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20 Under 40: a review of the short story collection

20under40 In 1999, the last time The New Yorker compiled a list of young writers destined to shake up the literary landscape, the names included Jonathan Franzen, Jhumpa Lahiri, Junot Diaz, Sherman Alexie, David Foster Wallace, Edwidge Danticat, Michael Chabon and George Saunders, all of whom subsequently made tremendous impressions on the world of arts and culture.

There’s no telling if the new crop of authors featured in 20 Under 40: Stories from The New Yorker will fare as well, but there’s great promise in most of their stories gathered here, which range in tone from the grim inevitability of Daniel Alarcón’s Second Lives to the manic hilarity pulsing throughout Gary Shteyngart’s Lenny Hearts Eunice. They’re a far-flung lot, these youngsters, and some aren’t quite so young (Chris Adrian teeters on the brink at 39). Most have made their homes in the United States, but the non-natives hail from Russia, Peru, Ethiopia, Nigeria, China, Latvia and Yugoslavia, a fact that gives the collection a decidedly international flavor.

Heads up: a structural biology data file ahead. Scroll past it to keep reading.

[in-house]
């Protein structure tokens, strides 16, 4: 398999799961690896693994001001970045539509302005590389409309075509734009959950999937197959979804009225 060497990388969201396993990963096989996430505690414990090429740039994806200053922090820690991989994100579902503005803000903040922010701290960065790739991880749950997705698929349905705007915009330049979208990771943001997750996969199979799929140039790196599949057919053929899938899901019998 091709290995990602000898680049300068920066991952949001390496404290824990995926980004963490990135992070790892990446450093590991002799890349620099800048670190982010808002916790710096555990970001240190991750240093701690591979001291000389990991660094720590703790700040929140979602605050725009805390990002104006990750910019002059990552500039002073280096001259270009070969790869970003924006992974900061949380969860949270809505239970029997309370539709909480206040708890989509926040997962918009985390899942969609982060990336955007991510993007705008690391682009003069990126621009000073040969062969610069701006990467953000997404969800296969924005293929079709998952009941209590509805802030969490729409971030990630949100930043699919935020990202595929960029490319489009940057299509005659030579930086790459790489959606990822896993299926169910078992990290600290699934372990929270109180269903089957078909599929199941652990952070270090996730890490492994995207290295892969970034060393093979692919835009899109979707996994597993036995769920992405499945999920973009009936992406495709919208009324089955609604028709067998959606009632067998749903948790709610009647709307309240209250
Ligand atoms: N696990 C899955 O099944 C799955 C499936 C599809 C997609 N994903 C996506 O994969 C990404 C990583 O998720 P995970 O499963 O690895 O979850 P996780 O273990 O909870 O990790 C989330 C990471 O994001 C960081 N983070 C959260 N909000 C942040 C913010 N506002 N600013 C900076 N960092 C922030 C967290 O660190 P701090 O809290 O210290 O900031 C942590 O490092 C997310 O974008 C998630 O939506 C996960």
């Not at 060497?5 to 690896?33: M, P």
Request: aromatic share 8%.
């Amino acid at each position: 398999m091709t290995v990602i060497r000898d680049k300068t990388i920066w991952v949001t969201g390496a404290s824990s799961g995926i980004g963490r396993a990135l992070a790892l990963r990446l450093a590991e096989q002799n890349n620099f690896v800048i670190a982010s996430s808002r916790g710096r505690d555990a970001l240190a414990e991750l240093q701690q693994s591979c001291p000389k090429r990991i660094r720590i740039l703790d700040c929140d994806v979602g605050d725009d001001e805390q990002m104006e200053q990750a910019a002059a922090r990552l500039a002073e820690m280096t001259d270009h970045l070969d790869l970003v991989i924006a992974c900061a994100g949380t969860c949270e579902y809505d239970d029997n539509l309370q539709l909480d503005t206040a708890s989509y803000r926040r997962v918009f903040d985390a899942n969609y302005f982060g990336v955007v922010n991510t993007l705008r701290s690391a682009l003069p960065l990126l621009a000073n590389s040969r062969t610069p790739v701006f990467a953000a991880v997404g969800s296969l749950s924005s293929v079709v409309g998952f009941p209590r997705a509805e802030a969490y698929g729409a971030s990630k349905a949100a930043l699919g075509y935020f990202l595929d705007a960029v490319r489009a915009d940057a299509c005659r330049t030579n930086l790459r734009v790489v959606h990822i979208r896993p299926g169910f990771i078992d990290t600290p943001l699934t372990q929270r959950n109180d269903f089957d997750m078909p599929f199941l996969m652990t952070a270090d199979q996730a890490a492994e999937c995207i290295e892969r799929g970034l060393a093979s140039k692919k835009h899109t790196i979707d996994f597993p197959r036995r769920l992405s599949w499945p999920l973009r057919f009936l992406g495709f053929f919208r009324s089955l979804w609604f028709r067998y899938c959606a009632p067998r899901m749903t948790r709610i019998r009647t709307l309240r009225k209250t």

Their stories are intense, personal, global. They can write. Consider this gem from Miami’s Karen Russell from The Dredgeman’s Revelation, a description of a cruel foster father named Auschenbliss: “Picture instead a slave driver who grew into the hard hiss of his name — a hog-necked man with a high Sunday collar, his eyes a colorless sizzle, like grease in a pan, half his face erased by the shadow of the dark barn.”

Click here to read the rest of my review of 20 Under 40.





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